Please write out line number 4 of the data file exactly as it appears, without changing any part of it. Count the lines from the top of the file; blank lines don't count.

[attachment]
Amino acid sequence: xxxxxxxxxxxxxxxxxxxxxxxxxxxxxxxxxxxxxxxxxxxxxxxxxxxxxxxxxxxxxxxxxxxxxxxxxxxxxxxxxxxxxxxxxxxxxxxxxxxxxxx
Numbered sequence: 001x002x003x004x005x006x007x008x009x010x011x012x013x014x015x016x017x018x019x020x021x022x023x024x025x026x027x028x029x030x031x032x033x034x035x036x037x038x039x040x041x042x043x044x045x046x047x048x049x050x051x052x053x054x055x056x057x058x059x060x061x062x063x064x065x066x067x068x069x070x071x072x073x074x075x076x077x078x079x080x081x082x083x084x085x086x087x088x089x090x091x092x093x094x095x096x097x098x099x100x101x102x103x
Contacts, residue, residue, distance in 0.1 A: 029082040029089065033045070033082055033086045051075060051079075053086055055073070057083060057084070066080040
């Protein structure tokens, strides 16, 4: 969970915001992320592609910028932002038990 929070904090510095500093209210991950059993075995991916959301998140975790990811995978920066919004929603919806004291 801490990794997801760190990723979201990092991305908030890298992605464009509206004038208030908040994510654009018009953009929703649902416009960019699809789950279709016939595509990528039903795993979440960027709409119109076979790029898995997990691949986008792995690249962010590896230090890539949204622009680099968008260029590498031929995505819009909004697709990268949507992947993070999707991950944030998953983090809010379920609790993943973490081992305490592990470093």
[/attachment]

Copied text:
């Protein structure tokens, strides 16, 4: 969970915001992320592609910028932002038990 929070904090510095500093209210991950059993075995991916959301998140975790990811995978920066919004929603919806004291 801490990794997801760190990723979201990092991305908030890298992605464009509206004038208030908040994510654009018009953009929703649902416009960019699809789950279709016939595509990528039903795993979440960027709409119109076979790029898995997990691949986008792995690249962010590896230090890539949204622009680099968008260029590498031929995505819009909004697709990268949507992947993070999707991950944030998953983090809010379920609790993943973490081992305490592990470093």